Characteristics and outcomes of critically-ill medical patients admitted to a tertiary medical center with restricted ICU bed capacity

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Abstract

Background:

In the emergency department (ED) critically-ill medical patients are treated in the resuscitation room (RR). No studies described the outcomes of critically-ill RR patients admitted to a hospital with low capacity of intensive care unit (ICU) beds.

Methods:

We included all medical patients above 18 who were admitted to a RR of a tertiary hospital during 2011–2012. We conducted multivariate logistic and Cox regressions and propensity score (PS) matched analysis to analyze parameters associated with the study outcomes.

Results:

In-hospital mortality rate was 32.4% in ICU admitted patients compared to 52.0% of the non-ICU critically-ill patients (p<0.001). Age above 80, female and recent ED encounters were associated with non-ICU admissions (p<0.05 for all). ICU admission had a statistically significant effect on in-hospital mortality in PS matched analysis (OR 0.36, 95% CI 0.21–0.61). A marginal effect was evident in one-year survival in PS matched landmark analysis (HR 0.50 95% CI 0.23–1.06).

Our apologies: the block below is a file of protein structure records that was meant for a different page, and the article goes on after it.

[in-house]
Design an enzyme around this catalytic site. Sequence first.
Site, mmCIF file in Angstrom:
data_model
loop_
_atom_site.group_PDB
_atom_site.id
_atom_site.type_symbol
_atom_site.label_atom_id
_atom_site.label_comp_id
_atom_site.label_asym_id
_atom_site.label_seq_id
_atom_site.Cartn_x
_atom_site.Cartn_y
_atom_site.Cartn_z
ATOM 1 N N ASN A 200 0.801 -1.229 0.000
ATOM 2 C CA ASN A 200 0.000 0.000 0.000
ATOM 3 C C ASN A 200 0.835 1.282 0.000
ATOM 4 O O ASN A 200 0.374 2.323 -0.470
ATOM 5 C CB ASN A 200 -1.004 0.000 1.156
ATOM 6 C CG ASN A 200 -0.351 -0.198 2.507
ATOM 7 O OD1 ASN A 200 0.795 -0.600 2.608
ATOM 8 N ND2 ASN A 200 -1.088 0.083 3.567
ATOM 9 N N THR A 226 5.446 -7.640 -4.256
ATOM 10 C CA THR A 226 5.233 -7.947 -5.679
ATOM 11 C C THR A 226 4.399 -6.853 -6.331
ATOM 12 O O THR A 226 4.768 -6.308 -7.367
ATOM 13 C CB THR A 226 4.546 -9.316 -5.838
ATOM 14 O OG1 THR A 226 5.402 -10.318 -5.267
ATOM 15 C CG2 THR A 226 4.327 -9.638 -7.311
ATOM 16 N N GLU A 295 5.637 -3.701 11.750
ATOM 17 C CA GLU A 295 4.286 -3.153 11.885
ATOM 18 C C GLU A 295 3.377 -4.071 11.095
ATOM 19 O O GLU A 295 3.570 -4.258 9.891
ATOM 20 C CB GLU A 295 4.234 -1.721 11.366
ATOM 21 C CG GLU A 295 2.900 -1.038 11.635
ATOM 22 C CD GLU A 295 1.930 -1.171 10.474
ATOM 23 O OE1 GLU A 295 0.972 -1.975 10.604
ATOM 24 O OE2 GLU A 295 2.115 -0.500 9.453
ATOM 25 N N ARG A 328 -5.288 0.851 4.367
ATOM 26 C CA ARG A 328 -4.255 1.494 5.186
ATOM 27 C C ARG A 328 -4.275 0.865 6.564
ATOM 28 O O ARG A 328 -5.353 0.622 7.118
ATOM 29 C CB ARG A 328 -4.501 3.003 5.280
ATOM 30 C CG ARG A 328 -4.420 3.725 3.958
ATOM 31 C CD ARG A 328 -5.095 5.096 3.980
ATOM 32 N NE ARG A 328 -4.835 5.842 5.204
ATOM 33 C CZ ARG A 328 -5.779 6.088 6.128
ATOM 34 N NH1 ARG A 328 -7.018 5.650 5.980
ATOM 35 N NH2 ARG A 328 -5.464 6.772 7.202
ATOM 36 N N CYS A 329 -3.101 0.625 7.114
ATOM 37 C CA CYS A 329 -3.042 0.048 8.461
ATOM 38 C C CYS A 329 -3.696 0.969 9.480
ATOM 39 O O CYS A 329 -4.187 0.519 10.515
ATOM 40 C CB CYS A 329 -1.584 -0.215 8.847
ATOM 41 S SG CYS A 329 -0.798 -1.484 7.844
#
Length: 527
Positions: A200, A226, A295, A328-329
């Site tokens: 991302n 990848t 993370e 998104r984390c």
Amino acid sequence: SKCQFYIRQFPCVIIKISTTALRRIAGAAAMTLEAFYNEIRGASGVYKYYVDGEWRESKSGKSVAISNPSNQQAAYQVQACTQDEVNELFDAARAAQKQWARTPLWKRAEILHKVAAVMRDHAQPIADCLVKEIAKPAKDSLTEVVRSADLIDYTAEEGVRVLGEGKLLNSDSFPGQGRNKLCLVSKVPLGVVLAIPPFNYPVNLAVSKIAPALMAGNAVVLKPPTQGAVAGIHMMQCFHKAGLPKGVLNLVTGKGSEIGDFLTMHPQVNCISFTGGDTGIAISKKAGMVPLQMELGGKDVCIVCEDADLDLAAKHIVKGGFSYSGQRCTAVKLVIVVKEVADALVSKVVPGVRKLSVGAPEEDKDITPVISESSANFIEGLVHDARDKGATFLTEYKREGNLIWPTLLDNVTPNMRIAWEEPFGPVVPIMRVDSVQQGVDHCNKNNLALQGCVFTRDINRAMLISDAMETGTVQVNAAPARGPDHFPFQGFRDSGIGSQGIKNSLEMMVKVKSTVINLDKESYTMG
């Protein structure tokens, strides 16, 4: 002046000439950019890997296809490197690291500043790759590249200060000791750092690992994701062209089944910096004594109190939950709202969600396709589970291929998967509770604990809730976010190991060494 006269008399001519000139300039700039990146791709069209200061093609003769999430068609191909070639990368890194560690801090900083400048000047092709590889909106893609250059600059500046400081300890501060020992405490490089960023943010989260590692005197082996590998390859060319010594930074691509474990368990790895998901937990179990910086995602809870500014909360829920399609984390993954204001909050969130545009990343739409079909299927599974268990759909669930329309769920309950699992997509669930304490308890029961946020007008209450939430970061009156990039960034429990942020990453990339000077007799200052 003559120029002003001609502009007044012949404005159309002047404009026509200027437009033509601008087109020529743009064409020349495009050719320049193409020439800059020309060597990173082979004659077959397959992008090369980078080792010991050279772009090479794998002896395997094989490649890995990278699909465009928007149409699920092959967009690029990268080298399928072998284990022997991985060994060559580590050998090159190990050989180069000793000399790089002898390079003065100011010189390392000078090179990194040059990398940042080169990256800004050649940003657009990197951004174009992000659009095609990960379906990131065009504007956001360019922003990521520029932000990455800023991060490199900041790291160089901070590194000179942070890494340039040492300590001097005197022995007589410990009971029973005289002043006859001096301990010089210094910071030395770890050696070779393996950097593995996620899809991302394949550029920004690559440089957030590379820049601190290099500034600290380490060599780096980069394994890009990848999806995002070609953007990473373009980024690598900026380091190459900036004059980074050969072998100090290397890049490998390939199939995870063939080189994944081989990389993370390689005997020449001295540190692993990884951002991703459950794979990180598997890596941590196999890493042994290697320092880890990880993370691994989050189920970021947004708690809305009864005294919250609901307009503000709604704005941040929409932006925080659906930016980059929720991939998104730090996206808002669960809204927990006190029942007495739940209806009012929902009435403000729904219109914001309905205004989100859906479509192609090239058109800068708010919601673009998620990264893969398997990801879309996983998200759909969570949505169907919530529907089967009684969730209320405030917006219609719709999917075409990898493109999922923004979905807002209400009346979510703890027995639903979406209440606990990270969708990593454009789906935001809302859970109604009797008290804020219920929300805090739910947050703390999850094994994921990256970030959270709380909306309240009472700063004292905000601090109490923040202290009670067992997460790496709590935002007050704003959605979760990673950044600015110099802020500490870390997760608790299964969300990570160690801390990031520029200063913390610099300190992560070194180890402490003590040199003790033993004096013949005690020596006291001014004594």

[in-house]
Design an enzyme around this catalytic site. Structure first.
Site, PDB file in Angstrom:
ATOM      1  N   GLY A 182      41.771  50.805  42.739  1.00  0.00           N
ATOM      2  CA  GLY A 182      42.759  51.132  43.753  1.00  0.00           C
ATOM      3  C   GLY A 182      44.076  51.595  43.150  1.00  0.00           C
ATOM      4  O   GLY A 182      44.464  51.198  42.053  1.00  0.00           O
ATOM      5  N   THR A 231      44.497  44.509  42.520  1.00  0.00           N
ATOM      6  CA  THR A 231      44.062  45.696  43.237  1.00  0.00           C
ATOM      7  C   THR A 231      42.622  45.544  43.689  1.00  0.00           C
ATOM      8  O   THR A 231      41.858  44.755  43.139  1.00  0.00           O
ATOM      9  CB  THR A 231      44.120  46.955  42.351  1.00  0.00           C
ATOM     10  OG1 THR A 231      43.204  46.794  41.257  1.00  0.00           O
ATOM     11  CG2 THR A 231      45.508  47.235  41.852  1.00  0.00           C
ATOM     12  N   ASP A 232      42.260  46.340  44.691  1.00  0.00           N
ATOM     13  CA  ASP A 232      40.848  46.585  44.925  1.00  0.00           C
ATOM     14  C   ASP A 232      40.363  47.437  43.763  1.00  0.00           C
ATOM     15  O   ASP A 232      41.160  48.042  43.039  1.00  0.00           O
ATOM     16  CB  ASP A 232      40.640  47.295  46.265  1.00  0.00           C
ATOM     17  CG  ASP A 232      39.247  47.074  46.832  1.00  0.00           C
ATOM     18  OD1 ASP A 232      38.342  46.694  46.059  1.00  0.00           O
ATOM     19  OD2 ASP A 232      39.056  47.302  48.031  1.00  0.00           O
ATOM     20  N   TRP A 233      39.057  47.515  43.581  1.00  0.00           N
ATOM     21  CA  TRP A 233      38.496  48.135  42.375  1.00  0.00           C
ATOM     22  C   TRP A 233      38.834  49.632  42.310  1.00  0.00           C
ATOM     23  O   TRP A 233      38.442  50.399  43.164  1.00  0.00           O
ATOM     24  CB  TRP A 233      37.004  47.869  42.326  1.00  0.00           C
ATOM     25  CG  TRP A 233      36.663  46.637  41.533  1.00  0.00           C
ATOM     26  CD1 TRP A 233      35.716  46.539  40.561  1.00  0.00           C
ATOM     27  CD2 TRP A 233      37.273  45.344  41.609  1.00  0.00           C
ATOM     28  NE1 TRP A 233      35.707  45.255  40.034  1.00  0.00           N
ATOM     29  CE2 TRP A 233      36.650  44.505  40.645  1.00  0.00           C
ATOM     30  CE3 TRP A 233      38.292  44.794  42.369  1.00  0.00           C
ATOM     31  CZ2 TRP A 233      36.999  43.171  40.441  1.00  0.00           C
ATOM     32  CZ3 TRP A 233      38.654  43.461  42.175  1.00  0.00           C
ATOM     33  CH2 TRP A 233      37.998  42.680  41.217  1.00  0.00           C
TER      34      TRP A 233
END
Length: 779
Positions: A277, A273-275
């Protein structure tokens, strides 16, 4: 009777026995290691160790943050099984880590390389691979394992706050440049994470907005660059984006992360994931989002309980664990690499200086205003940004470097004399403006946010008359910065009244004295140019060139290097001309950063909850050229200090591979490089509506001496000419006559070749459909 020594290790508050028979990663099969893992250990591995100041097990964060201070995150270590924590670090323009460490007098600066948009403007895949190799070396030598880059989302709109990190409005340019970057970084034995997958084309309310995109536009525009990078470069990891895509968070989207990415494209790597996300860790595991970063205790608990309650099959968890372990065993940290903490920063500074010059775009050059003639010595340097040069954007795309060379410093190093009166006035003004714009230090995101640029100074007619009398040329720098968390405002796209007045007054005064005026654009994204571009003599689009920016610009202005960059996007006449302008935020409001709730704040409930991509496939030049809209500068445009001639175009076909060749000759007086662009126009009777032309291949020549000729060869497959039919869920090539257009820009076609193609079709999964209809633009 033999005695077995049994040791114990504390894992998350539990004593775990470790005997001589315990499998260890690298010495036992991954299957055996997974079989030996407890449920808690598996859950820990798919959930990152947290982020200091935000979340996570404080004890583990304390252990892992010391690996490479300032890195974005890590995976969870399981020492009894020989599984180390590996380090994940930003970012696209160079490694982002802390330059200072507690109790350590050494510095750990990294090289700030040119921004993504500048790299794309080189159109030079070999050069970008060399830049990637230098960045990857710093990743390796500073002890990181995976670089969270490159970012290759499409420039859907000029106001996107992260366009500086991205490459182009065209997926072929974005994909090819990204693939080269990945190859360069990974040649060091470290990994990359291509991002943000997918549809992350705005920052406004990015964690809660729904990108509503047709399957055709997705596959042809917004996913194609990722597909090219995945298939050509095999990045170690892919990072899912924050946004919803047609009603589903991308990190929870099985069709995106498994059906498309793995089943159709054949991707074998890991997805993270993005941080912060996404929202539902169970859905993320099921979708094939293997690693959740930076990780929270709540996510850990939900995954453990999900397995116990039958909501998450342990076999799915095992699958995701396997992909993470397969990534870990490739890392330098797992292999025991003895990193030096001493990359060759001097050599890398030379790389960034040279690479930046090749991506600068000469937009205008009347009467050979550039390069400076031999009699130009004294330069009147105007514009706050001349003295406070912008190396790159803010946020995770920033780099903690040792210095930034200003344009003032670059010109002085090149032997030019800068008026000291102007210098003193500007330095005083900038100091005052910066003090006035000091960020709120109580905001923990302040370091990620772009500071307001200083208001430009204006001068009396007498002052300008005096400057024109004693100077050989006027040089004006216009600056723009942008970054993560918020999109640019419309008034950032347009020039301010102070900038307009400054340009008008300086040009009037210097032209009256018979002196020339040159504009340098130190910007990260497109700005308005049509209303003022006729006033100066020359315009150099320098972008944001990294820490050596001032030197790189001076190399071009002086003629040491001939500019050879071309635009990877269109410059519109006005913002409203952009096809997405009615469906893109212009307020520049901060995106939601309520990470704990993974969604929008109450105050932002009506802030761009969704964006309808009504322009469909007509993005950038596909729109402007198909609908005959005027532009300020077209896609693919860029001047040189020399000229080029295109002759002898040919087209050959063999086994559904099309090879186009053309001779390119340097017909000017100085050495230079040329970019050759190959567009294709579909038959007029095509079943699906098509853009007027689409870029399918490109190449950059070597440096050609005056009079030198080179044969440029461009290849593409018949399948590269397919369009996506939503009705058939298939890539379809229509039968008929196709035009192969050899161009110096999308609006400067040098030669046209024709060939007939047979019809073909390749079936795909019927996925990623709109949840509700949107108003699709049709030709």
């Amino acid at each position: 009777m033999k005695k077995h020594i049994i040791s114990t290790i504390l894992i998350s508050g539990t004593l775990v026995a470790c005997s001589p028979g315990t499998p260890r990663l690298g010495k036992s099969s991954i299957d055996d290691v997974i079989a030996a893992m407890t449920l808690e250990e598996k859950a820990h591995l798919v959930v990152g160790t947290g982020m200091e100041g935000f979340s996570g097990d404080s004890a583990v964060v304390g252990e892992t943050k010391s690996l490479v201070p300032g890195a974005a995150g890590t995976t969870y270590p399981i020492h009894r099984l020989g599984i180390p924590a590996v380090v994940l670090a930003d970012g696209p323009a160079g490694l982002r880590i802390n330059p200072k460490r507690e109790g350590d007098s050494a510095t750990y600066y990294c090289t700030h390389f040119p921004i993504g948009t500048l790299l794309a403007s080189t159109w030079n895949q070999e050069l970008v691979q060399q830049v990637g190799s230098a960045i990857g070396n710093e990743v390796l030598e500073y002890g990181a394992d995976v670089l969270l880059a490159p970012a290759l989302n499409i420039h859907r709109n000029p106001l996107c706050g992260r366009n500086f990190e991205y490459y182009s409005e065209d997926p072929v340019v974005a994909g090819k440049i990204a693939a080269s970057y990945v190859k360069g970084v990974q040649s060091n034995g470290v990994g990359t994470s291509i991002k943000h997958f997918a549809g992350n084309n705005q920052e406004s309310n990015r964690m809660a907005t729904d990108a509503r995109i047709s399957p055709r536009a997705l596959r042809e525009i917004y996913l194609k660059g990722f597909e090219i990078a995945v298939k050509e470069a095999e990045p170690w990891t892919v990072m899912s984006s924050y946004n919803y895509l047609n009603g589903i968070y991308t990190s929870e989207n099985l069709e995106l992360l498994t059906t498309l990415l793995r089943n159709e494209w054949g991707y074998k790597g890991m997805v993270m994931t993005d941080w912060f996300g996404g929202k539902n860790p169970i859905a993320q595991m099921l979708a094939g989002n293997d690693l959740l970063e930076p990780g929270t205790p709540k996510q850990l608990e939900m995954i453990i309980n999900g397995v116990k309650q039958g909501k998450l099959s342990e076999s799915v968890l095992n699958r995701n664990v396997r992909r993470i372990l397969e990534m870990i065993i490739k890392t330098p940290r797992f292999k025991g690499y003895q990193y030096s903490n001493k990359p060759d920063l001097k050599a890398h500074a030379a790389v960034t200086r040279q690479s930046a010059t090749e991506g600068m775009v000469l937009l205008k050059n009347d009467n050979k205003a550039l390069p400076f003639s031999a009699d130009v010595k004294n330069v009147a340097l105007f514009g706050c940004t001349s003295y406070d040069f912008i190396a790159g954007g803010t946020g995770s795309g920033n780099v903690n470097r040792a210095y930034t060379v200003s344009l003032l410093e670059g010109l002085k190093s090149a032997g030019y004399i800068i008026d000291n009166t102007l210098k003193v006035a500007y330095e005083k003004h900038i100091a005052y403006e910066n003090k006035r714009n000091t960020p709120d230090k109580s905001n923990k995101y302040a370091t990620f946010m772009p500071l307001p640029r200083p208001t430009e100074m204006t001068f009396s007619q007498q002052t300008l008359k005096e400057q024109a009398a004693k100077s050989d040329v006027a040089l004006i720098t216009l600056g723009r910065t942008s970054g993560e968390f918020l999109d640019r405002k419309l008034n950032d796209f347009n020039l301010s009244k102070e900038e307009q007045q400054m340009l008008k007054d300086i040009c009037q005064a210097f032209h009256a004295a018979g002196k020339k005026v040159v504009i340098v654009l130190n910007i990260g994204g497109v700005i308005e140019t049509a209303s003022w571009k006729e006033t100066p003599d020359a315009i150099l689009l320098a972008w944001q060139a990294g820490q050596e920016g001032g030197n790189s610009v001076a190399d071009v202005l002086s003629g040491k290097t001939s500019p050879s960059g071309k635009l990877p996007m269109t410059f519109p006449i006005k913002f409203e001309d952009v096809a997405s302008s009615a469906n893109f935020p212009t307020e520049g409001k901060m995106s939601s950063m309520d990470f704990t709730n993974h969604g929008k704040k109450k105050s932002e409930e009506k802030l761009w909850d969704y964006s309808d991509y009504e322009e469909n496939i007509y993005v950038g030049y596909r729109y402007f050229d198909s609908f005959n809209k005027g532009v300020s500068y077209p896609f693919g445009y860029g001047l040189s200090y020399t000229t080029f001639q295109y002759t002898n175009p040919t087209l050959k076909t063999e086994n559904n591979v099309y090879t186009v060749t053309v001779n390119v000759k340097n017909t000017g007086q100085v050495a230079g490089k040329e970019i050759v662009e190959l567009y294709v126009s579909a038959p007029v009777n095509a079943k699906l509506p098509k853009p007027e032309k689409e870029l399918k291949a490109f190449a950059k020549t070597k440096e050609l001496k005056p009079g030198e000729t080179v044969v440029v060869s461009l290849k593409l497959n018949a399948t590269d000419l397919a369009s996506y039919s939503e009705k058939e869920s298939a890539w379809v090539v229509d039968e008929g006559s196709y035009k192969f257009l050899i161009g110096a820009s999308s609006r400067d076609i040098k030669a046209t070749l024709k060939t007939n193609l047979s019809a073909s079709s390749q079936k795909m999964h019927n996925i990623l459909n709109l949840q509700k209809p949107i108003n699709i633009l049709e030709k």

Conclusion:

ED critically-ill medical patients who were treated in the RR had high mortality rates in an institute with restricted ICU beds availability. However, those who were admitted to an ICU showed prolonged short and perhaps long term survival compared to those who were not.

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